Design a Study

You can devise a study using what you learned from the novice's temperature-aggression study described on page 39. Like the novice, you will want to design a study that tests a hypothesis.

Unlike the novice, you will probably not test the hypothesis that increasing temperature would increase aggression. You might draw your hypothesis from a question you have (e.g., "Does expressing gratitude make one happier? "), from a proverb (e.g., Is it true that "When you are right, no one remembers; when you are wrong, no one forgets?"), from a quote (e.g., Meg Ryan said, "Everyone is so happy on social media. It's depressing"), or from one of the many techniques described in Chapters 3 and 4.

For now, suppose you tested the hypothesis that expressing gratitude increases happiness. As you learned on page 48, you would want to do an experiment to test this cause-effect hypothesis. If you had a two-group experiment, one group would be a "gratitude" group and the other would probably be a "no gratitude" group.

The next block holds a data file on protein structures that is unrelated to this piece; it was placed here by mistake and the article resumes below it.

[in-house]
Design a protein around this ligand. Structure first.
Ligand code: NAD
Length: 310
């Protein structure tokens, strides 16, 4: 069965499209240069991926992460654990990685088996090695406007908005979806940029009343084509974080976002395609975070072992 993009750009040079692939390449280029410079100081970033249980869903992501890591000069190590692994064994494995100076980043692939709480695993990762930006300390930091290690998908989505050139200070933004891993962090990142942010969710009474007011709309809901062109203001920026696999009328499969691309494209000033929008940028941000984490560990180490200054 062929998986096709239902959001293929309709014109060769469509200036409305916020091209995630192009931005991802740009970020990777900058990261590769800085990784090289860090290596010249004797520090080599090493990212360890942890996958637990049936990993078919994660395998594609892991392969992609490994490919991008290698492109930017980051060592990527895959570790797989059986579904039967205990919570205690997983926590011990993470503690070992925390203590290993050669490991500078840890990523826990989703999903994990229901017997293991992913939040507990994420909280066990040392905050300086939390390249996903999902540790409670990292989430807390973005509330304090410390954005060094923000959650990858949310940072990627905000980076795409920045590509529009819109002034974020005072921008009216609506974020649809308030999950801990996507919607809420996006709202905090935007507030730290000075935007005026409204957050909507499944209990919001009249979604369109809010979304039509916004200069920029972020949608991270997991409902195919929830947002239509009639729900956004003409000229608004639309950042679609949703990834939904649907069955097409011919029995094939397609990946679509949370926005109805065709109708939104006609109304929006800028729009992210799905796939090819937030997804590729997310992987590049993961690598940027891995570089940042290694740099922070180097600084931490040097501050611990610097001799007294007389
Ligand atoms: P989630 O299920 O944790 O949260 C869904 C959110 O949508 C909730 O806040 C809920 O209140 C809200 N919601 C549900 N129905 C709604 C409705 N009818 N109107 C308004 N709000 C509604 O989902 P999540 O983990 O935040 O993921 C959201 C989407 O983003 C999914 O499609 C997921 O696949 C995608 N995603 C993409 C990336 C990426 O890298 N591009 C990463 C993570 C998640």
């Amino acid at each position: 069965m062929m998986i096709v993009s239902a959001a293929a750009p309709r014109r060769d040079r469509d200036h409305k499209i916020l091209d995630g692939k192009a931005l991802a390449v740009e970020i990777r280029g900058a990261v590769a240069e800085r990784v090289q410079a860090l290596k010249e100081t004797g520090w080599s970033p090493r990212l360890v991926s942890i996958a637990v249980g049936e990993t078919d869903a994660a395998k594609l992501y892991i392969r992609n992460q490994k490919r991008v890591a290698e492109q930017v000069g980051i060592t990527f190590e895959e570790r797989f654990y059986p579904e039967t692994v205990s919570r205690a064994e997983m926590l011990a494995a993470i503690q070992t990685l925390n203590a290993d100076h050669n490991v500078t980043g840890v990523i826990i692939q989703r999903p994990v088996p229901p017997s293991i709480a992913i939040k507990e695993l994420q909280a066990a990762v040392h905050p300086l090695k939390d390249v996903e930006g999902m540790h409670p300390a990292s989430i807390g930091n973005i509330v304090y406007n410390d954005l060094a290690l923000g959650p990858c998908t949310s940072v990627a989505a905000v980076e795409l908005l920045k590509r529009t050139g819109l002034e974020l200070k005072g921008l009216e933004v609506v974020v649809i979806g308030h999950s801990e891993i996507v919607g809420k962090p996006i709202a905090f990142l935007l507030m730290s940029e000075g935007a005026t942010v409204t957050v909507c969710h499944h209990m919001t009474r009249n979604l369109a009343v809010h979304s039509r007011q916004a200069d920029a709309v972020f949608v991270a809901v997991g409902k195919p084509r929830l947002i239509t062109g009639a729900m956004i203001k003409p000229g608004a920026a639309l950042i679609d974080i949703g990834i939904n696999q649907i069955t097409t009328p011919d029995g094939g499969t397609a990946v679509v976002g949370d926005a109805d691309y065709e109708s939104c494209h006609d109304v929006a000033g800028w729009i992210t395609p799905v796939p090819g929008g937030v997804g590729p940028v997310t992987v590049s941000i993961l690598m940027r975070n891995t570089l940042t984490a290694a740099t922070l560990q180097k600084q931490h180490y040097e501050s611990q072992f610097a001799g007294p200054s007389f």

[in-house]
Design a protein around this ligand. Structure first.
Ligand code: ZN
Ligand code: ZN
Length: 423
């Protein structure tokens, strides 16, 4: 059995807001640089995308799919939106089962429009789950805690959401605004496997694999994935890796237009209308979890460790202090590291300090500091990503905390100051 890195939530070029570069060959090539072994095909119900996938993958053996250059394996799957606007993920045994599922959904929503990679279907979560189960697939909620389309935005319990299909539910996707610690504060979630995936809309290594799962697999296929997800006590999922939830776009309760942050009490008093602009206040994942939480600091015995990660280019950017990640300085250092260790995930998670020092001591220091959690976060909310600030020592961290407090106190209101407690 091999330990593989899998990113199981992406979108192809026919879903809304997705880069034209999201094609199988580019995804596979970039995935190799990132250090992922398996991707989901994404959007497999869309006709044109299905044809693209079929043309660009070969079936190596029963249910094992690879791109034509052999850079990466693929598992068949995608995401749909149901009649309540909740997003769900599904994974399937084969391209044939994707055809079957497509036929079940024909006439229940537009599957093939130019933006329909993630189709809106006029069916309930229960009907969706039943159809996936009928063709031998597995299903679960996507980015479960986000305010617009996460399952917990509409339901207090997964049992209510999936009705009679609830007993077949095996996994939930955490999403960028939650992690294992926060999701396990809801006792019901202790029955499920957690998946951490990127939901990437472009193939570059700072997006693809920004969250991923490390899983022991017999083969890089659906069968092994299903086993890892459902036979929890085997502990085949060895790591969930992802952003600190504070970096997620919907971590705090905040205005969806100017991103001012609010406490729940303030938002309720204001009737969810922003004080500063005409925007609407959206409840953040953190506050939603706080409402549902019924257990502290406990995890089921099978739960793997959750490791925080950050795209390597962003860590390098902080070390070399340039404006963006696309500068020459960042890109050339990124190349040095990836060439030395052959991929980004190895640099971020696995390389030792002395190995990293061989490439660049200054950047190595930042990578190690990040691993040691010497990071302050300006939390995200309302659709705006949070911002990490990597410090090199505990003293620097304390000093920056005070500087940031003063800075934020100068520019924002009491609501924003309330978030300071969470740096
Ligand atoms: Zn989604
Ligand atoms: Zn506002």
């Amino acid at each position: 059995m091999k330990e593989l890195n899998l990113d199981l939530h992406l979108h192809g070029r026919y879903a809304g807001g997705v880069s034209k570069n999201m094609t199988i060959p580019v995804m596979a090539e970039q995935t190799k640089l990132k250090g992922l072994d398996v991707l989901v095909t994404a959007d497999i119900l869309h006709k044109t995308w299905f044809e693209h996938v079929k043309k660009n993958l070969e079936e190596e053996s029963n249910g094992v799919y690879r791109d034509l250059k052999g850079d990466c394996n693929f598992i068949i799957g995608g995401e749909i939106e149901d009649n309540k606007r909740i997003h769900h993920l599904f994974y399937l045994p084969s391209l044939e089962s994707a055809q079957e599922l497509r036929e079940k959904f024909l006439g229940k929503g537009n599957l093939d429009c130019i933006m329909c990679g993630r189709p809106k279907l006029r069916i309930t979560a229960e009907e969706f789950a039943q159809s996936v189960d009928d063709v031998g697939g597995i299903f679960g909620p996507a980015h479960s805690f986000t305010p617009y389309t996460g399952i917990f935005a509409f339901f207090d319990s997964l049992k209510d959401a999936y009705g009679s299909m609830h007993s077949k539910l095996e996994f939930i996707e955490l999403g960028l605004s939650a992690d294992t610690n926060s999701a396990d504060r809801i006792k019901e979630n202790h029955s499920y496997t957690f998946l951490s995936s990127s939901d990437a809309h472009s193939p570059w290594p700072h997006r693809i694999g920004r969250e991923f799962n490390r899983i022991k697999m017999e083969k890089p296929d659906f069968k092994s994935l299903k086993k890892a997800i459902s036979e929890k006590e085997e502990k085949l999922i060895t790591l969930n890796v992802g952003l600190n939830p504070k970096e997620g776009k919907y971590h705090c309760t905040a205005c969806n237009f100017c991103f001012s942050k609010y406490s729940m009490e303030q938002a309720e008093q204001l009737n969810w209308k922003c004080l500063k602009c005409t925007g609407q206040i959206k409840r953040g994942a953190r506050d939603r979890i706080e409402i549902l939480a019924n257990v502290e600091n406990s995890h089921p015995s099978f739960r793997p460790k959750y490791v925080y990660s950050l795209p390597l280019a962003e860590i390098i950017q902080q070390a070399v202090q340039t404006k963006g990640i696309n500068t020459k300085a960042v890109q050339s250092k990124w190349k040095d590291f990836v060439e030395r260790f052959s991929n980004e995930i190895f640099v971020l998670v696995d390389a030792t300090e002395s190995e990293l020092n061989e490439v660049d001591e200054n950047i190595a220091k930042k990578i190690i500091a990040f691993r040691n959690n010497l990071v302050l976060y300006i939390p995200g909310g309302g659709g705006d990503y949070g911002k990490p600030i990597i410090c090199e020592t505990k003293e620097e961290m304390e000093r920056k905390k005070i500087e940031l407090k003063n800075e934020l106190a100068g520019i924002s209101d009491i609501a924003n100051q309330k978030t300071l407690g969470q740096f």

The key to making this experiment internally valid would be to randomly assign participants to either the gratitude or no gratitude condition. To learn how you could randomly assign participants, see pages 693-694 of your text or go  here.

To help your study's construct validity, you would want your "gratitude" group to do something that would involve expressing gratitude (e.g., "each night before you go to bed, write down three things you are thankful for") and have the "no gratitude" group do something similar that did not involve expressing gratitude (e.g., "each night, before you go to bed, write down three things that happened to you today."). To improve construct validity, you would also want a good measure of happiness. The following link would get you to some measures of happiness.